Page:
Online advertising campaigns (on Google, Facebook and other platforms) are an essential part of the digital marketing strategy. Online campaigns are usually effective, easy to measure and show immediate results. But if you suddenly pause the campaigns, will you still have website visitors, or your Analytics graph will show a steep downward plunge?
Unlike PPC, SEO is a long-term investment. While it is true that it’s return on investment is not immediate (and let’s make it clear: SEO is an investment, as it requires content writing and updating, continuous tracking and maintenance, and often design and development), but it is worthwhile in the long-run, as it will continue to send a regular stream of users and leads to the website). Organic traffic makes about 50% of all incoming website traffic, and in some niches even more.
During covid-19 (or perhaps the first wave), you could see the difference between websites that reaped the fruits of their prior SEO labor (obviously, depending on the niche and demand), and those that had to cut their media budget and as a result disappeared from the digital sphere.
The bottom line:
For several reasons, SEO has become more challenging in recent years: bigger competition, Google’s constant algorithm changes, search results dominance and their tendency to make SEOs life harder.
Still, Google is a leading traffic source in all industries, and due to the above-mentioned reasons and others, websites without SEO strategy have a faint chance to be found on Google and be discovered by potential customers. Moreover, Google’s relevancy and strength is not expected to weaken in the near future, and the search engine will probably remain a crucial factor in our daily decisions and navigation.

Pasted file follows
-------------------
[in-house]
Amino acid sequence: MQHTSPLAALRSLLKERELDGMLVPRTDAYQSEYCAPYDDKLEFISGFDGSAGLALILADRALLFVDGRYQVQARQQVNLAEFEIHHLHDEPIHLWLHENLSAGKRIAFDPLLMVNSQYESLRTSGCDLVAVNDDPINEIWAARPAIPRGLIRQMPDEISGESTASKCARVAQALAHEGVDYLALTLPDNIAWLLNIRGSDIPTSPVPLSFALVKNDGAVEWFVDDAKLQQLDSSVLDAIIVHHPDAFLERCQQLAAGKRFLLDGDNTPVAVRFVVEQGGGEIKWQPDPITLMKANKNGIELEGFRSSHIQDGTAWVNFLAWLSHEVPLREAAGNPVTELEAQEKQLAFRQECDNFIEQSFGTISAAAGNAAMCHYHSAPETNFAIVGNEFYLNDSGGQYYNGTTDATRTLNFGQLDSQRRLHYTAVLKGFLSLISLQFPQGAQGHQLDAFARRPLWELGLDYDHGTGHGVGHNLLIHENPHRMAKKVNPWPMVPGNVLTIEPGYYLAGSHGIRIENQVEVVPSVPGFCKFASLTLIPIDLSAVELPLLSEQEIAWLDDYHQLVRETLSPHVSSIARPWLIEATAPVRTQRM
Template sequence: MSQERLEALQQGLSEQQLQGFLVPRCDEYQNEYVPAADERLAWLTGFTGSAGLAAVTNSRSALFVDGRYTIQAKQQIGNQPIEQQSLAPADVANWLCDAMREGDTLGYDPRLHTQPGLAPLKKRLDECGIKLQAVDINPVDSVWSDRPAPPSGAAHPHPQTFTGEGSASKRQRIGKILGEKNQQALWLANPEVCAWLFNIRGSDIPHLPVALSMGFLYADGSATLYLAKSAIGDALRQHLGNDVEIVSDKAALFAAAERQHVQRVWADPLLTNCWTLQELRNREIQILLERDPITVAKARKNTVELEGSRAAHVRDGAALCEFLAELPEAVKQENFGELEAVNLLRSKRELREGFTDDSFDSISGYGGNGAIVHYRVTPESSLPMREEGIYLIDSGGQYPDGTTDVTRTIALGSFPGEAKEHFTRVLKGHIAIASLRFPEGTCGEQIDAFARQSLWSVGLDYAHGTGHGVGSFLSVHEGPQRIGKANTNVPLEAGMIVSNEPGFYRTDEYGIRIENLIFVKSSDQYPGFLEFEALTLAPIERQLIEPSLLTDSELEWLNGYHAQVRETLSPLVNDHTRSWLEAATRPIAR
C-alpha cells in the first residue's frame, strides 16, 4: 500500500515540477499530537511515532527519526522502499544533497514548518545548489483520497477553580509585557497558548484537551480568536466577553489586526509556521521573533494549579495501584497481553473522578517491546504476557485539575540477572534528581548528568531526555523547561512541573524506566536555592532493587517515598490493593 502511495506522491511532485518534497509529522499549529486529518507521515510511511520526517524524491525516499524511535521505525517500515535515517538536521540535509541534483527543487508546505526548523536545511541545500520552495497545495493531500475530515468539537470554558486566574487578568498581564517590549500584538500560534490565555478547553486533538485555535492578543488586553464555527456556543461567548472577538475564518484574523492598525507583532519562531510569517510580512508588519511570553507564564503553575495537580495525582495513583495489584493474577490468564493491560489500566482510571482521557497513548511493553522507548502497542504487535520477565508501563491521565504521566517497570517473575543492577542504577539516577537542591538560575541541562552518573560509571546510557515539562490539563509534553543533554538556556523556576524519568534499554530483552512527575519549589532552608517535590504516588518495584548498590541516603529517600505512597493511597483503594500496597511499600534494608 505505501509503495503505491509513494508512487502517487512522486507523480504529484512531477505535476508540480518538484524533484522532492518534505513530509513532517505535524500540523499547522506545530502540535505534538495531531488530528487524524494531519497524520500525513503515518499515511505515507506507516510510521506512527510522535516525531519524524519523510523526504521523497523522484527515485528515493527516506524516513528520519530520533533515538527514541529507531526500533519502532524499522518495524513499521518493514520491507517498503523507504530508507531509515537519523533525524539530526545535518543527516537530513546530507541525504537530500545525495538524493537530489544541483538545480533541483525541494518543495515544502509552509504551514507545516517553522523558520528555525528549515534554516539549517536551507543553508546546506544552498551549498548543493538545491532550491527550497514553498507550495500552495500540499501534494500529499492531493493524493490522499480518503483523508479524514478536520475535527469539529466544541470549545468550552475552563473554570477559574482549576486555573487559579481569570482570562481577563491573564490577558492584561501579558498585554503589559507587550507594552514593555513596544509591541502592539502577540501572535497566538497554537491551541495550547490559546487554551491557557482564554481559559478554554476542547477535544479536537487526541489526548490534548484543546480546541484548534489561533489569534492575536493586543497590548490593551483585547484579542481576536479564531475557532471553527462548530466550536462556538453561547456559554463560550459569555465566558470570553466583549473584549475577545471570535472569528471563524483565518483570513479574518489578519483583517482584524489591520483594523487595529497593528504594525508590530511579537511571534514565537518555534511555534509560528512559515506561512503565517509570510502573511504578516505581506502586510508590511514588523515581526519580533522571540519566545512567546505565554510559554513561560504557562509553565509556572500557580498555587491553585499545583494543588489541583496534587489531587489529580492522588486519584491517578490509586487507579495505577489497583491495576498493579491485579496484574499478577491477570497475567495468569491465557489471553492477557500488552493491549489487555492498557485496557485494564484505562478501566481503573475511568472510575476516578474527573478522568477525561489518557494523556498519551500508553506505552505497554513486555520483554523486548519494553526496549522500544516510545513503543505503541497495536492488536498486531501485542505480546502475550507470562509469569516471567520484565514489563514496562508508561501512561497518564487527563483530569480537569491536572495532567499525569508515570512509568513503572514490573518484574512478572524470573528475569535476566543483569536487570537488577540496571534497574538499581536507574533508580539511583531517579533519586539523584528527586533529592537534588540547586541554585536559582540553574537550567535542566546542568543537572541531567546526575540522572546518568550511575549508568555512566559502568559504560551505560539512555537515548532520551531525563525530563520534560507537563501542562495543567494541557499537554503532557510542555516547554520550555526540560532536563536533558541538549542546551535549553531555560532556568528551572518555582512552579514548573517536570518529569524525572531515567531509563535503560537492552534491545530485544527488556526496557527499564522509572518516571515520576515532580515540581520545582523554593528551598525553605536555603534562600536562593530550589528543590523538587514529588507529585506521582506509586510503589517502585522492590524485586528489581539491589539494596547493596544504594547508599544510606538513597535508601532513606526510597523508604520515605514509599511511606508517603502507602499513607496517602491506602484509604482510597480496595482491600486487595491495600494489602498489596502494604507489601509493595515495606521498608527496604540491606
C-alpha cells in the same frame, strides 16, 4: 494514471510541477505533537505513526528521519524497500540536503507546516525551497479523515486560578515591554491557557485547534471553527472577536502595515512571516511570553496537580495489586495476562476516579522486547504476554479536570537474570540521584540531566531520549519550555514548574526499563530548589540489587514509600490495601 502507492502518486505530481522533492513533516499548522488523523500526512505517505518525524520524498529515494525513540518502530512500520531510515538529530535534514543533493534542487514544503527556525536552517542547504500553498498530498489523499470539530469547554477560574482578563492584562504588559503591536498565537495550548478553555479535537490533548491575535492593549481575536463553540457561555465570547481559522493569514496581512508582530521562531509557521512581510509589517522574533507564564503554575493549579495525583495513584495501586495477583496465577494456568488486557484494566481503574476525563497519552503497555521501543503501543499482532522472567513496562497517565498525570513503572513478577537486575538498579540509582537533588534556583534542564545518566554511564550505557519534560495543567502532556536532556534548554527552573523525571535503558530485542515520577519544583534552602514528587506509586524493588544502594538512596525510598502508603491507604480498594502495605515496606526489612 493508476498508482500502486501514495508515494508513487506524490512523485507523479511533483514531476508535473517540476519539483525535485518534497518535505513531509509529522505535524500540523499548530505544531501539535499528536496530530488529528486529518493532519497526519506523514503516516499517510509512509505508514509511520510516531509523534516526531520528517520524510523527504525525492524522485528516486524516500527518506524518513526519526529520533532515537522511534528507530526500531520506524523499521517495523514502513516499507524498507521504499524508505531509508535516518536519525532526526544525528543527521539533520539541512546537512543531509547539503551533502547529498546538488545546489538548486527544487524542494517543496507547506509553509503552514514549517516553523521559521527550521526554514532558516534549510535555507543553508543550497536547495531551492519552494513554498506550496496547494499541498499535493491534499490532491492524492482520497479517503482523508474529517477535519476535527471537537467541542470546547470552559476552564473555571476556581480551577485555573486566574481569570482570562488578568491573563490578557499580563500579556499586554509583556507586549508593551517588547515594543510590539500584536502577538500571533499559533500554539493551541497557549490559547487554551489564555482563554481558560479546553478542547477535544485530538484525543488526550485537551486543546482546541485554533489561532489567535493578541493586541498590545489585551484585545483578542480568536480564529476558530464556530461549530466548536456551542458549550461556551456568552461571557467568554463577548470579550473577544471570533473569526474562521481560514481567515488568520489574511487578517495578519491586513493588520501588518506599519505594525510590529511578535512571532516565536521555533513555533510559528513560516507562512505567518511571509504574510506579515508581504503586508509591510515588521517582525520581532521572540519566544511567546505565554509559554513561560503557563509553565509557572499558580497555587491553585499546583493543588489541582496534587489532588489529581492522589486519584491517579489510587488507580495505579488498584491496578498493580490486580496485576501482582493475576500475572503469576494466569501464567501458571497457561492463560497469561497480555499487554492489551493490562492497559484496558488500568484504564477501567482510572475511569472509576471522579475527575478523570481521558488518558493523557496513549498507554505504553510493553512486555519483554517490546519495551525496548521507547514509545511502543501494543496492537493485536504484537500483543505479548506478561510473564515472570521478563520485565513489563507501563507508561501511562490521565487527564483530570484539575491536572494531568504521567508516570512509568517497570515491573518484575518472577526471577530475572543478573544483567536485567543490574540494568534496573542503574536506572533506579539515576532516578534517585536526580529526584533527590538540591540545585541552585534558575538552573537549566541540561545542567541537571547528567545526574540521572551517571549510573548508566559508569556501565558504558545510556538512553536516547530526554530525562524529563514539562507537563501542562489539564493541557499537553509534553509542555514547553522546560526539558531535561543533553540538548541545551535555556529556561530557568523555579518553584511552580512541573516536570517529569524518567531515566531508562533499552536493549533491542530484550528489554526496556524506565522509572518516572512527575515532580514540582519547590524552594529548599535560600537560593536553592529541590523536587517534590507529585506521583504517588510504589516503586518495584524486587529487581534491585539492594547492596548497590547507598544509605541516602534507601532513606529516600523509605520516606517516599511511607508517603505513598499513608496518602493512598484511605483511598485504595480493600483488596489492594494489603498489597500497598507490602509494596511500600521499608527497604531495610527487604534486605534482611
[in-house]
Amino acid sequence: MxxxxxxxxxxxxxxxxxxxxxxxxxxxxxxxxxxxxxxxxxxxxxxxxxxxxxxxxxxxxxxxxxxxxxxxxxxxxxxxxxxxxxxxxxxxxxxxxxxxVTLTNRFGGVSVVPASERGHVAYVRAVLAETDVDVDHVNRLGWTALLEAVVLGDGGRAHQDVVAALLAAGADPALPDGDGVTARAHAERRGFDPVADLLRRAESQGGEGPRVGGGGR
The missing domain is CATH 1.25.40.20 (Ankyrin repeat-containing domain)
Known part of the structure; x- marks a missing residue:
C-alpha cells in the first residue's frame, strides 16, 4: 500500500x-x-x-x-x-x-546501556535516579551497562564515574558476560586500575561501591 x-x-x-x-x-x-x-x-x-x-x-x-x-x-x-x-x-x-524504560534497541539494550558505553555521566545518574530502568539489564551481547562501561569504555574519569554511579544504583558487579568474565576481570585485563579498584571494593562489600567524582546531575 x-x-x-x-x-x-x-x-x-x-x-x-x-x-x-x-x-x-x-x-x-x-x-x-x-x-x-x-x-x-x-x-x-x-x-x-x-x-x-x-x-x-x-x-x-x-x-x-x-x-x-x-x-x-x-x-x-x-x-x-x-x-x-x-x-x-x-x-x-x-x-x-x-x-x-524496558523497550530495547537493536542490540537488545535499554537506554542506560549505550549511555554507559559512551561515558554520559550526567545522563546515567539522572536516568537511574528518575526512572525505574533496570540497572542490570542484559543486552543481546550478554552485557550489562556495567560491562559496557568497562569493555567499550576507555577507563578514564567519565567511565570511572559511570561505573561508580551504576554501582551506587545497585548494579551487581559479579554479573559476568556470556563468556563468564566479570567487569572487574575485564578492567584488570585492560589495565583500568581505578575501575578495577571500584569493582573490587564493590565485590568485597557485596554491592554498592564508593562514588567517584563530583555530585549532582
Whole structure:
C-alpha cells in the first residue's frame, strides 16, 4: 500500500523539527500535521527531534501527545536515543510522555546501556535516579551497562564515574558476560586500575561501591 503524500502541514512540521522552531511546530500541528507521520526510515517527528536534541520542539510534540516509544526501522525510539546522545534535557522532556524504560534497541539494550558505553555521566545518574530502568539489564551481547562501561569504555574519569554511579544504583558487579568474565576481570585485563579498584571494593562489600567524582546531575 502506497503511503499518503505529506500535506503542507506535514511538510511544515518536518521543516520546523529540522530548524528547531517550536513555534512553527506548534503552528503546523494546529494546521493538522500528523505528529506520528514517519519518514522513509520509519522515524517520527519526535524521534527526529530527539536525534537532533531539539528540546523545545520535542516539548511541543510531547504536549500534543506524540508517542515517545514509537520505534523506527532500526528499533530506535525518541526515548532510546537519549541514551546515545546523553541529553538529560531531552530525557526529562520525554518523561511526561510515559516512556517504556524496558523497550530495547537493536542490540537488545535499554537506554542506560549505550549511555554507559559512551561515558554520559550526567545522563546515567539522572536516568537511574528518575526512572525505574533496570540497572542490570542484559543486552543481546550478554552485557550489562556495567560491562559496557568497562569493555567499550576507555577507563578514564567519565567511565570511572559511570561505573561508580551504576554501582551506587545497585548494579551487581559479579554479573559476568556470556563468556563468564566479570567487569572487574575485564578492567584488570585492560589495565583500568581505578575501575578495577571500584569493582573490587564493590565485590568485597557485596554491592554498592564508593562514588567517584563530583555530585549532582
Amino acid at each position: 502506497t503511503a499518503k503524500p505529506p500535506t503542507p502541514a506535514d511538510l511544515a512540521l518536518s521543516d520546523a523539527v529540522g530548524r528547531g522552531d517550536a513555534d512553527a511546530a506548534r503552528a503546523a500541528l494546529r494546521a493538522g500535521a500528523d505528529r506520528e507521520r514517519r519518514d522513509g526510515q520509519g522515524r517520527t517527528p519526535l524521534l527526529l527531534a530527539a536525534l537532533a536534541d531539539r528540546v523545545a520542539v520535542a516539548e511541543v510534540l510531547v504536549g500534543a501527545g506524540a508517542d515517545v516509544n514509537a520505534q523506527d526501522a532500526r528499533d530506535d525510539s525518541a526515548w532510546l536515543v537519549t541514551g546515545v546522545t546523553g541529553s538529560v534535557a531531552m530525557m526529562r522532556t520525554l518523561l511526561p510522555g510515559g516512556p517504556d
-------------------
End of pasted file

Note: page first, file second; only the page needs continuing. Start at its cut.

SEO Consulting Services
Not all companies and organizations need (or can afford) a full-time SEO team or a retainer-based consulting agency. Yet, SEO advisors can answer certain needs and solve specific problems.
Some of the most common scenarios:
SEO planning for new websites, under construction or redesign – SEO consulting service will verify that the planned website meets Google’s demands and the common standards, and that the redesign plans won’t damage the current rankings and traffic.
SEO audits – an analysis of the website and all the issues that prevent it from fulfilling its full potential, and recommendations to improve rankings, traffic and conversions. SEO audits usually include technical review, content analysis, as well as keywords and competitors’ research.
SEO consultation for specific issues – this service ranges from handling of particular technical aspects (such as improving the site speed, building a site map or implementing schema tags) to more complex issues (such as analysis of the drop in organic traffic, improvement of rankings on specific keywords, increase the ratio of traffic from non-branded keywords, etc.). It can even include consultation in overlapping issues, like social media marketing or user experience.
SEO guidance – companies that have a digital marketing team, but without any SEO representation, can benefit from SEO guidance, which will help content writers, developers, media managers and others to align with Google’s guidelines and to verify that the overall marketing efforts support the website’s presence on Google (or at least, don’t damage it).